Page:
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World Health Organization asks experts to consider Zika risk at Olympics

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LONDON (AP) — The World Health Organization’s chief says she has convened an expert committee to consider whether the Rio de Janeiro Olympics should proceed as planned, following recent concerns raised about the threat of the Zika virus.

In a request last month, U.S. Senator Jeanne Shaheen asked WHO’s Director-General Dr. Margaret Chan to evaluate whether the Rio games should be delayed or postponed. Chan said in a letter released by Shaheen Friday that WHO has sent senior scientists to Brazil four times to assess the risk of Zika to the approximately 500,000 athletes and visitors expected to attend the Aug. 5-21 Olympics.

“Given the current level of international concern, I have decided to ask members of the Zika Emergency Committee to examine the risks of holding the Olympic Summer Games as currently scheduled,” Chan wrote.

Chan said she “deeply appreciate(d)” the concerns raised by Shaheen in her original letter to WHO last month, which cited a commentary by Canadian professor Amir Attaran. He argued that holding the Olympics as planned would result in the avoidable birth of brain-damaged babies.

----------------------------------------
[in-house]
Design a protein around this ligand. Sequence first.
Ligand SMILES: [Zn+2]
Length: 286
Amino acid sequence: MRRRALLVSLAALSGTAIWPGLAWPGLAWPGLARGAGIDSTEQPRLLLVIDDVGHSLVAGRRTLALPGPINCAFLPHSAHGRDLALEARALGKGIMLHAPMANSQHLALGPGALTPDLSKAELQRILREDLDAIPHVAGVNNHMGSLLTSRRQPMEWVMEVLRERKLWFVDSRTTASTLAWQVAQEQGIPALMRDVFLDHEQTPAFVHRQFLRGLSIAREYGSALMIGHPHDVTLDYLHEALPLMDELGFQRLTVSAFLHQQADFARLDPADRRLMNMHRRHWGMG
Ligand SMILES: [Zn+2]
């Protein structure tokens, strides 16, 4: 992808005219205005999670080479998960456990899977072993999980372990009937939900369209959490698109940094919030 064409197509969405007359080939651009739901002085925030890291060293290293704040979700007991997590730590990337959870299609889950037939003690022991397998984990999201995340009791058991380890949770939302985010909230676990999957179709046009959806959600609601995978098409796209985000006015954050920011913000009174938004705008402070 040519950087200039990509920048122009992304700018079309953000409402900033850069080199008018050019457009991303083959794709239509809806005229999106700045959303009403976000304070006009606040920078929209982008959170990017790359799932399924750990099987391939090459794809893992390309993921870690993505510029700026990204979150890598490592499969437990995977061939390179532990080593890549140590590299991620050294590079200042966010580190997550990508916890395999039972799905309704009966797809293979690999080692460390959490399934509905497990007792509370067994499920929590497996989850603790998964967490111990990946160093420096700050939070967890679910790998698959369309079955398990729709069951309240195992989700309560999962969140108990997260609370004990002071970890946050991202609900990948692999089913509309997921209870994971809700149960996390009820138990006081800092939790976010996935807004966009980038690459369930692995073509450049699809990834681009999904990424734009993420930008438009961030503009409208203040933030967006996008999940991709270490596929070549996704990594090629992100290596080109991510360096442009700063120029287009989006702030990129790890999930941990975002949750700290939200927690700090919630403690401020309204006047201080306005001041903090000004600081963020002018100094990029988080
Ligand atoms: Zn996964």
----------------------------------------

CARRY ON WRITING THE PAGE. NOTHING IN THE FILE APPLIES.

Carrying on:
Last month, Attaran and more than 200 other experts signed an open letter asking WHO to convene an independent group to consider if the games should be delayed or moved “in the name of public health.” WHO rejected such calls and said “cancelling or changing the location of the 2016 Olympics (would) not significantly alter the international spread of Zika.”

Most people infected by Zika suffer only minor symptoms including fever, a rash and muscle or joint pain. The virus can also cause severe birth defects, including babies born with abnormally small heads.

WHO declared the Zika epidemic to be a global emergency in February and in its latest assessment this week, said it “does not see an overall decline in the outbreak.”

WHO has already advised pregnant women not to go to Rio and says other travelers should avoid poor and overcrowded parts of the city. The U.N. agency also predicted the Zika risk in August would drop since it will be the south American winter and there should be fewer mosquitoes to transmit the virus.

Critics have charged that WHO has an overly close relationship with the International Olympic Committee that renders the U.N. health agency unable to provide objective health advice. In recent years, WHO established a group to help cities not only with health advice, but to potentially help them bid for major events like the Olympics.